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Pop Music Review

Eminem, DJ Quik Give Powerhouse Rap Concert an Energy Boost


It was hard to imagine what could have topped DJ Quik's near-heroic performance at Saturday's five-hour Powerhouse Back to School hip-hop show at the Arrowhead Pond in Anaheim.

The Compton rapper, after all, reportedly had been in a motorcycle accident earlier in the day that forced him to miss his scheduled performance slot midway through the evening.

Yet Quik hobbled on stage around midnight and delivered a remarkably physical display of his dazzling, machine-gun-like rapping, even ripping off part of a leg brace and turning the already-hopping arena into an all-out dance party.

Imagining what could have bested Quik, however, was unnecessary.

The only performer on the nine-act show sponsored by radio station KPWR-FM (105.9) who hadn't performed before Quik showed up had exactly what it took to ratchet the excitement level even higher: Eminem.

The Detroit-based performer, born Marshall Mathers, unleashed his tauntingly raunchy yet skillfully multidimensional rapping--a virtual gauntlet defiantly thrown down before his hip-hop peers.

That he did so in a truncated, 25-minute set, chopped because the show was already running an hour late when he came on stage, was both impressive and frustrating.

Impressive because of his seven numbers, five were from his controversial album "The Marshall Mathers LP," which has sold more than 6 million copies since its May release. Frustrating because he did not include "Stan," the knockout cut about a tragic correspondence between an off-balance fan and Eminem's alter ego, Slim Shady.


Still, there was plenty of emotional wallop. As he repeated the title refrain of "I Am What I Say I Am" accompanied by the thousands who packed the Pond and chimed in with him, Eminem created a powerful chant on self-fulfilling prophecy--a generation's worst nightmare about its children going to seed come true.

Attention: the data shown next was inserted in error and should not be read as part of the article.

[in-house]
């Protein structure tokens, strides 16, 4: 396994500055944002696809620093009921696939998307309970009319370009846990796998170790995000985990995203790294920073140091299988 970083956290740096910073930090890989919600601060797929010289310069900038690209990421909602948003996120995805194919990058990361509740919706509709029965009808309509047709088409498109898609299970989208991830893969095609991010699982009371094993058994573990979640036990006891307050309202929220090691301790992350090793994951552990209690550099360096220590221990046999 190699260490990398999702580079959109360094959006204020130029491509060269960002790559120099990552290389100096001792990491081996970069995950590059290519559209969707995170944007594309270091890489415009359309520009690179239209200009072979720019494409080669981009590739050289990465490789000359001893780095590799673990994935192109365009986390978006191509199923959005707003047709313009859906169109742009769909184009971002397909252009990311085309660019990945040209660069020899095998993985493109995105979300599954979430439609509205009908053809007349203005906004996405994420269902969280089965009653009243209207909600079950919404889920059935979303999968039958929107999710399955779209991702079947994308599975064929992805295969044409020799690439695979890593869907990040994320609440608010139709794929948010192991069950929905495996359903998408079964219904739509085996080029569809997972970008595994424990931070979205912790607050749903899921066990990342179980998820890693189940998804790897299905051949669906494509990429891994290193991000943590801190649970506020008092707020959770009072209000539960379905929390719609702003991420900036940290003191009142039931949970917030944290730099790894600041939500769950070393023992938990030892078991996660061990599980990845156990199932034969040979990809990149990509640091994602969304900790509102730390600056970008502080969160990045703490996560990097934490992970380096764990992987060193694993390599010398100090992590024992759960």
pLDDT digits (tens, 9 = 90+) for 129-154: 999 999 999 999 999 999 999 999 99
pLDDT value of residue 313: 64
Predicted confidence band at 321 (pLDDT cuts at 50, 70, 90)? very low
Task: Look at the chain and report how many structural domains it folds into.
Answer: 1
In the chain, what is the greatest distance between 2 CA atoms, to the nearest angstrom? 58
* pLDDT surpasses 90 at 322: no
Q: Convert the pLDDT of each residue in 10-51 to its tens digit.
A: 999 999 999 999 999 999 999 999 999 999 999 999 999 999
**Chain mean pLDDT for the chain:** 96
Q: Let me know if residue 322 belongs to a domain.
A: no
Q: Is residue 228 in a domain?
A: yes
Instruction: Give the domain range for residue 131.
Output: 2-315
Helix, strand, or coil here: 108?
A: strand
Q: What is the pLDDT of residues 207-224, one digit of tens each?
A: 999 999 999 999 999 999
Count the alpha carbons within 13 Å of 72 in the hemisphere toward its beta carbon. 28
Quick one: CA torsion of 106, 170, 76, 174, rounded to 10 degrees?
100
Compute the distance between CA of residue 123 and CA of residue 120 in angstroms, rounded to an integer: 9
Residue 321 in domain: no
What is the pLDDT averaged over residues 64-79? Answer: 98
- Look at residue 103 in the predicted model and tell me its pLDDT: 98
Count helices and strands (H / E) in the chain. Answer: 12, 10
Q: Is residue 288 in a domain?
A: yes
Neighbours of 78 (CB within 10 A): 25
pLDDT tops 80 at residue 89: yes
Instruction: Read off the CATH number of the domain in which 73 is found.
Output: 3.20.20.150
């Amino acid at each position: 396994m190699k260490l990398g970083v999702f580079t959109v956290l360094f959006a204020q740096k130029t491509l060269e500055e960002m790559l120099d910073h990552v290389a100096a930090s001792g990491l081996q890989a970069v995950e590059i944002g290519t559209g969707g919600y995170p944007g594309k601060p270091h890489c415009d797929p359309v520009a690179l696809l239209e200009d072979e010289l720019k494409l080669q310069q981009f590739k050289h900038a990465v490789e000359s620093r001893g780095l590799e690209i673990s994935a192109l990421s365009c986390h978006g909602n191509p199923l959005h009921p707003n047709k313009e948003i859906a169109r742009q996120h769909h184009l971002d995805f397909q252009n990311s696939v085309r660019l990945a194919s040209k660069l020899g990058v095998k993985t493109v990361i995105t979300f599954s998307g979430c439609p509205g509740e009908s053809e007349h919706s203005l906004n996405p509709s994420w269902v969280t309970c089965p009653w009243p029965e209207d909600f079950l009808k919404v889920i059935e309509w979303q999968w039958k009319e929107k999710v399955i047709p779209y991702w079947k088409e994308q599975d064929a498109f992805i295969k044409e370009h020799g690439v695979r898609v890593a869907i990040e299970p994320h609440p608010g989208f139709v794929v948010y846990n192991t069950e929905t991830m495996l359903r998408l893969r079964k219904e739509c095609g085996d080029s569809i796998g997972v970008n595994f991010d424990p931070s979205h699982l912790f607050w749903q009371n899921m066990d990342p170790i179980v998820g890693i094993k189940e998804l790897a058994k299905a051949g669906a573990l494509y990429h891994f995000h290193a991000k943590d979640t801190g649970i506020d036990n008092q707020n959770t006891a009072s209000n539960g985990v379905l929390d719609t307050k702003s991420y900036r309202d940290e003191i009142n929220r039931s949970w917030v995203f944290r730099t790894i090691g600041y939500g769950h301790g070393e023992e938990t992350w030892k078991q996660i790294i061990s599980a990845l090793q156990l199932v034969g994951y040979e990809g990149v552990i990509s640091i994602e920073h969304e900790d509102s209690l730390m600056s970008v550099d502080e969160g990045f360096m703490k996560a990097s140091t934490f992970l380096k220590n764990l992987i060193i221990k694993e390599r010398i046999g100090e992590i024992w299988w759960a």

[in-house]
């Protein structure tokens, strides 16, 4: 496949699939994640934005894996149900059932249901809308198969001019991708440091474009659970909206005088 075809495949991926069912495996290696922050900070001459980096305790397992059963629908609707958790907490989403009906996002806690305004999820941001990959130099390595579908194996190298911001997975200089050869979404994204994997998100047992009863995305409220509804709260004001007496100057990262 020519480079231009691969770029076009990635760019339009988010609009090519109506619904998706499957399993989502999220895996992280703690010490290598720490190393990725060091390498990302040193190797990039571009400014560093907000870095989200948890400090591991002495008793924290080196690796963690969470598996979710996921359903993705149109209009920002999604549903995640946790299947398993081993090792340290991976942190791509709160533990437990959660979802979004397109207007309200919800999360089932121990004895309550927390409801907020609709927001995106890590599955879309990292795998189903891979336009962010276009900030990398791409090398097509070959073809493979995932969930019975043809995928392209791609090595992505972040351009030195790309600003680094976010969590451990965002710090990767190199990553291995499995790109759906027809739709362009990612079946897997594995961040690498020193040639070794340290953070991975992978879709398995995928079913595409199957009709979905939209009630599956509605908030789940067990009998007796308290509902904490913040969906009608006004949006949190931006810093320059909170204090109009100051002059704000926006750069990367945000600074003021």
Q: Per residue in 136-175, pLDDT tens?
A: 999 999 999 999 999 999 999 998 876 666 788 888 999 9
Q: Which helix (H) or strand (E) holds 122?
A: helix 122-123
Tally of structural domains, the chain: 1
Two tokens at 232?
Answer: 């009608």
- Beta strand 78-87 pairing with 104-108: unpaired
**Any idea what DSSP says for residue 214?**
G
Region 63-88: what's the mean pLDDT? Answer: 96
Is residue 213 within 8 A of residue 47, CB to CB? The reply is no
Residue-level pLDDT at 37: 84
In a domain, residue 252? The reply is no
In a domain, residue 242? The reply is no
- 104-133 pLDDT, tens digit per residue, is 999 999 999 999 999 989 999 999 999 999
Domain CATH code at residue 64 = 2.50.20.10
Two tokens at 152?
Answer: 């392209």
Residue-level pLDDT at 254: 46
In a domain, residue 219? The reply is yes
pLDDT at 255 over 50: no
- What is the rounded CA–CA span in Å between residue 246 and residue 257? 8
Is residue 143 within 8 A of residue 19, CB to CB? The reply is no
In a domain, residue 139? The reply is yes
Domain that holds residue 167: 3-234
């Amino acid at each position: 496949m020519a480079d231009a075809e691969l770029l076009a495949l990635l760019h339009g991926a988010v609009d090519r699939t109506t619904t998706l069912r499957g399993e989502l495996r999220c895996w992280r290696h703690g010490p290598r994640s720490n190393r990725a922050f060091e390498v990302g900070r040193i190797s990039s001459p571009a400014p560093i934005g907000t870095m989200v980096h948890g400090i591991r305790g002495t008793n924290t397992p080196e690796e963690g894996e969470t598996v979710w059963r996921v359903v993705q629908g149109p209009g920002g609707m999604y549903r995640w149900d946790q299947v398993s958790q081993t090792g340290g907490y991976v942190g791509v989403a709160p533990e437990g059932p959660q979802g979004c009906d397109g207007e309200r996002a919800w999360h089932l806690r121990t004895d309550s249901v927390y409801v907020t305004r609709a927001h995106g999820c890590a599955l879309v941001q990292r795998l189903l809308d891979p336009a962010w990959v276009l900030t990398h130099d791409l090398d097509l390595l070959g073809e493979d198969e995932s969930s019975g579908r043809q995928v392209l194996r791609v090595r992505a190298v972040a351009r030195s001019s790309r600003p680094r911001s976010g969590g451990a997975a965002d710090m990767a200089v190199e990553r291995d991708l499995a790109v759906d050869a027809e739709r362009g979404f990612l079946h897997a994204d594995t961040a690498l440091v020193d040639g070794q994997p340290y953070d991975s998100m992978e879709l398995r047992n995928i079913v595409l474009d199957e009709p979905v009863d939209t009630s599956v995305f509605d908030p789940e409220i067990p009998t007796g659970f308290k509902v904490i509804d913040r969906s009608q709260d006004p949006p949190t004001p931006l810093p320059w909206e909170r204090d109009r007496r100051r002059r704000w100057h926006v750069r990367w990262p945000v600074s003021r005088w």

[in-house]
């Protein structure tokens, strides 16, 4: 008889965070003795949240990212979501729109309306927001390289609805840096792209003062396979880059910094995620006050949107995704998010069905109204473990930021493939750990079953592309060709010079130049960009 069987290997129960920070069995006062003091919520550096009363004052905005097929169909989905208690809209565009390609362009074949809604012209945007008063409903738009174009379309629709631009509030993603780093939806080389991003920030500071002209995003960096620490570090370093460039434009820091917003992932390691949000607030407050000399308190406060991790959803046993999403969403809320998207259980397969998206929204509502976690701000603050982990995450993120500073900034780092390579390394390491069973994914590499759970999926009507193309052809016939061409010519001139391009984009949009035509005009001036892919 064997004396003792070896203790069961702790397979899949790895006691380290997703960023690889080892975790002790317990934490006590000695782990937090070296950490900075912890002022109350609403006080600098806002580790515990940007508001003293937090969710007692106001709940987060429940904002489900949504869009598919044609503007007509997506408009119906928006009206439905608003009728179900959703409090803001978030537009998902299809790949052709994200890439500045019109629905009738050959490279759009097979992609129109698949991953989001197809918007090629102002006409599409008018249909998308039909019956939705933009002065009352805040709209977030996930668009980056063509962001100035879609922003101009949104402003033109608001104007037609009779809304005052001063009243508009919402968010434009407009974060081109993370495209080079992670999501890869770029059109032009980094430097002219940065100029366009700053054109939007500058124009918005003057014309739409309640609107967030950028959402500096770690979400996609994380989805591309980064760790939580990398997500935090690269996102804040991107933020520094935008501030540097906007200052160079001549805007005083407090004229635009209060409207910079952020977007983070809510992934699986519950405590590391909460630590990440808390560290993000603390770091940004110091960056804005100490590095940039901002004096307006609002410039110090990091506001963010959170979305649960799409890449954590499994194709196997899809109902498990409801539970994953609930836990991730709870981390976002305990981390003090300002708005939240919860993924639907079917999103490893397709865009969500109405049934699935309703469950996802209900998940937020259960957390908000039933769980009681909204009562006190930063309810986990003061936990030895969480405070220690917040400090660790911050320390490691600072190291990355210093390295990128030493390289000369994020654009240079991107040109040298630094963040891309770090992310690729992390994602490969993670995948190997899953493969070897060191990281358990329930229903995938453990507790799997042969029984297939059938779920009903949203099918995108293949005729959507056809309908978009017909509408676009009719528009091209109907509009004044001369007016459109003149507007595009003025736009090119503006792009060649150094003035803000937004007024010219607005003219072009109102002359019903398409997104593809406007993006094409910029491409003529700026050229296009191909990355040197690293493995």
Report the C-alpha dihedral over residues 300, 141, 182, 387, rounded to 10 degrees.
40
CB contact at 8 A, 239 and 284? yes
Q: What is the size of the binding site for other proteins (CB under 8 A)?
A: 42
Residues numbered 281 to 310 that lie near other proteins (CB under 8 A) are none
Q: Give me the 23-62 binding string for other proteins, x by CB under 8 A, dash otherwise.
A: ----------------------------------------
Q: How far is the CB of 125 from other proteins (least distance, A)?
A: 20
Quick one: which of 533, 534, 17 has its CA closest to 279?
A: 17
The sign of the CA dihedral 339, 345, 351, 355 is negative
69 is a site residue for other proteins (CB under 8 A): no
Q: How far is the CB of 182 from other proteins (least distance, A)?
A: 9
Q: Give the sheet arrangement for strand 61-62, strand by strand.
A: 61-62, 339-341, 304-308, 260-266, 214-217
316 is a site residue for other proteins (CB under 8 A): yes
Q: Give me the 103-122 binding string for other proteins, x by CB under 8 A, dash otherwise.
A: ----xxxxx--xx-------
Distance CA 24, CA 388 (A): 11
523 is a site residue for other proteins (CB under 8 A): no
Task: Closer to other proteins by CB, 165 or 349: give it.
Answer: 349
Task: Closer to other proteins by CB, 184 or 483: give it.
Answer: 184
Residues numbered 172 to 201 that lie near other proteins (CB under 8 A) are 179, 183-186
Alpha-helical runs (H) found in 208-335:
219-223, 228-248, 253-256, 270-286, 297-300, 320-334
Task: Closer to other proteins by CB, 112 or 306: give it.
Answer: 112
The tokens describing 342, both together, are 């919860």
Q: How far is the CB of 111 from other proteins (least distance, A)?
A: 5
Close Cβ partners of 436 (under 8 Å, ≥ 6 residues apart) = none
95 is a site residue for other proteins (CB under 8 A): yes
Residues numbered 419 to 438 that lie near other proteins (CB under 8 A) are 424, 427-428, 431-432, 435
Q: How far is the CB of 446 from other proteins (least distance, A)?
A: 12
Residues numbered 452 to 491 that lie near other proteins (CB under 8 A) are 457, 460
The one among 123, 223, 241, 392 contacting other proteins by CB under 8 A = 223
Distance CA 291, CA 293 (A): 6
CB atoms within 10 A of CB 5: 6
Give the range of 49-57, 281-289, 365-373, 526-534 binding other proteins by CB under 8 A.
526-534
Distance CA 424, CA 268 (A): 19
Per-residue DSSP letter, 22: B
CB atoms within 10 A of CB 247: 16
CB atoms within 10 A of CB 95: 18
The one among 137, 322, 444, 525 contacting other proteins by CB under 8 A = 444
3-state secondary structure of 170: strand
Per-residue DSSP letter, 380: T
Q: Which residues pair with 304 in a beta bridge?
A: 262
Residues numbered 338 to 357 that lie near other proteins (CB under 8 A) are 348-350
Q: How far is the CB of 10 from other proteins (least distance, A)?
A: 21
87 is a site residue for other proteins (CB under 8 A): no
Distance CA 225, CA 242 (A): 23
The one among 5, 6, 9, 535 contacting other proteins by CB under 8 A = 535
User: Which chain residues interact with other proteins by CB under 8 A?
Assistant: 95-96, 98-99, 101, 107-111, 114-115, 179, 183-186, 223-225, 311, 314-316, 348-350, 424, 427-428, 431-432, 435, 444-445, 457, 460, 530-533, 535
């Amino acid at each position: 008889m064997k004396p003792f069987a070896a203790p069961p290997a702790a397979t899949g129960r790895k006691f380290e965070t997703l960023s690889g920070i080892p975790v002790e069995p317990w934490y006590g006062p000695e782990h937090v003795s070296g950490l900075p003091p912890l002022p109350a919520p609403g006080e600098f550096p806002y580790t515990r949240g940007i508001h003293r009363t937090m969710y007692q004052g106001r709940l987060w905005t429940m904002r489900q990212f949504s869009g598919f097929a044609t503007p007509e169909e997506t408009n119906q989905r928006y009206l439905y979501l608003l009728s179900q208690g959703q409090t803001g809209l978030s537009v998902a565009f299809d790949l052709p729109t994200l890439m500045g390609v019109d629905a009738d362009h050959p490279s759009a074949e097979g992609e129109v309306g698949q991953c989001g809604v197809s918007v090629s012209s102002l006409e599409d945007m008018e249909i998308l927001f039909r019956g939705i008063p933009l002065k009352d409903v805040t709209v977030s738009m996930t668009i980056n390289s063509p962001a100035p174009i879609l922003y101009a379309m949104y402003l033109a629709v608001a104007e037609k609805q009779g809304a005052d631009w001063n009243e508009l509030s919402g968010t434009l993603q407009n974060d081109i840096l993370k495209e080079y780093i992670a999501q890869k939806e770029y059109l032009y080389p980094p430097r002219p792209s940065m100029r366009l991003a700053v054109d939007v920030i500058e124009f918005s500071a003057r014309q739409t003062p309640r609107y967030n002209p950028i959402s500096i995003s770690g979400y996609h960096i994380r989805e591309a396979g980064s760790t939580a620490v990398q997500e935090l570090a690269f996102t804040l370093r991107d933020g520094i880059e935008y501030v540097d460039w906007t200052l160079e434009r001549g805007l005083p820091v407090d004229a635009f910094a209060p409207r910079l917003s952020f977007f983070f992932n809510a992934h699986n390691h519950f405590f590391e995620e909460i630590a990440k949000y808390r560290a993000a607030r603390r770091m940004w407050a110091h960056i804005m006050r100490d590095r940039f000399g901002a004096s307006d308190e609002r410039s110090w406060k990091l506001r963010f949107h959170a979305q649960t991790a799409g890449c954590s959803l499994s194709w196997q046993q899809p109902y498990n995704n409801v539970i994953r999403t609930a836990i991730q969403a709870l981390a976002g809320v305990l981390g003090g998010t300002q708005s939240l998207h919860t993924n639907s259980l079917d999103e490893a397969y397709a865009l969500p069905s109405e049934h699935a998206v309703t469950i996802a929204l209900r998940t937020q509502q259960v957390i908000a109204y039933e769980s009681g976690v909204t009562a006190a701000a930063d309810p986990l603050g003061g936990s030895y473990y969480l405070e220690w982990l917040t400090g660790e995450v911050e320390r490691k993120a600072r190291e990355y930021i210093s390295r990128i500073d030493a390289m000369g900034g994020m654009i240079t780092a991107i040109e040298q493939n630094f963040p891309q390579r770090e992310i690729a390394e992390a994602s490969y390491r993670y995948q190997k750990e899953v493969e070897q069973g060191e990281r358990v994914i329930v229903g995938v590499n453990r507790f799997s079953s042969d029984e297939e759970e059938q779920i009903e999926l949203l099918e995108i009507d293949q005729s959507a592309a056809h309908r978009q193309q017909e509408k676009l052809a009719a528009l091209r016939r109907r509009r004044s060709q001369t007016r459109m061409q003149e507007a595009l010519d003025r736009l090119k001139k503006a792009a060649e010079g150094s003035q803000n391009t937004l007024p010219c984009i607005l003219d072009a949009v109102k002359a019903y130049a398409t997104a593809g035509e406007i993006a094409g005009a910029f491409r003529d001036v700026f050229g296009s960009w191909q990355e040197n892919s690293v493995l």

But following "The Real Slim Shady," in which self-reference collides with a blatantly invented scenario, the show simply stopped. Eminem walked off stage and announcers, possibly curfew-conscious, tersely announced: "Please leave the premises now!"

Still, the strength of those back-to-back sets by Eminem and Quik brought a welcome injection of energy into a long evening that ran in fits and starts.

As was the case at last year's Powerhouse show, surprise appearances usually pumped the energy level up.

Xzibit joined Eminem, Suga Free turned up with Quik, and Shade Sheist made a virtual cameo appearance, accompanied by Kurupt and the show's opening act, TQ (replacing an anticipated appearance in that number by no-show Nate Dogg). Rapper Posdnuos and DJ Maseo from De La Soul got help from Liquid Crew and Tha Alkaholiks in a solid but unexceptional set. Jay-Z's entrance near the end of Ja Rule's short set also was accompanied by the kind of shrieks that demonstrated his crowd-favorite status.

Cypress Hill's pot-promoting set was highlighted by the contributions of the sole live musician of the evening: percussionist Bobo (the son of Puerto Rican percussion master Willie Bobo).

Busta Rhymes turned in perhaps the most animated delivery of the evening, his eyes bugging or squinting and arms and legs flailing with his thunderous rapping, which incorporates such non-rap influences as Axl Rose, Little Richard and Screamin' Jay Hawkins.

Sets were separated by breaks of five to 30 minutes, while the interim entertainment ran from the blatantly commercial (not one but two appearances by a dance troupe plugging one of the concert's sponsors) to humdrum-to-invigorating DJ displays by several KPWR spinners and their guests.

The most refreshing aspect of this show was the sense of community replacing any sense of rivalry between West Coast and East Coast crews. Further buoying fans' reason to bask in the show's afterglow was the report from Anaheim police that the evening was incident-free.

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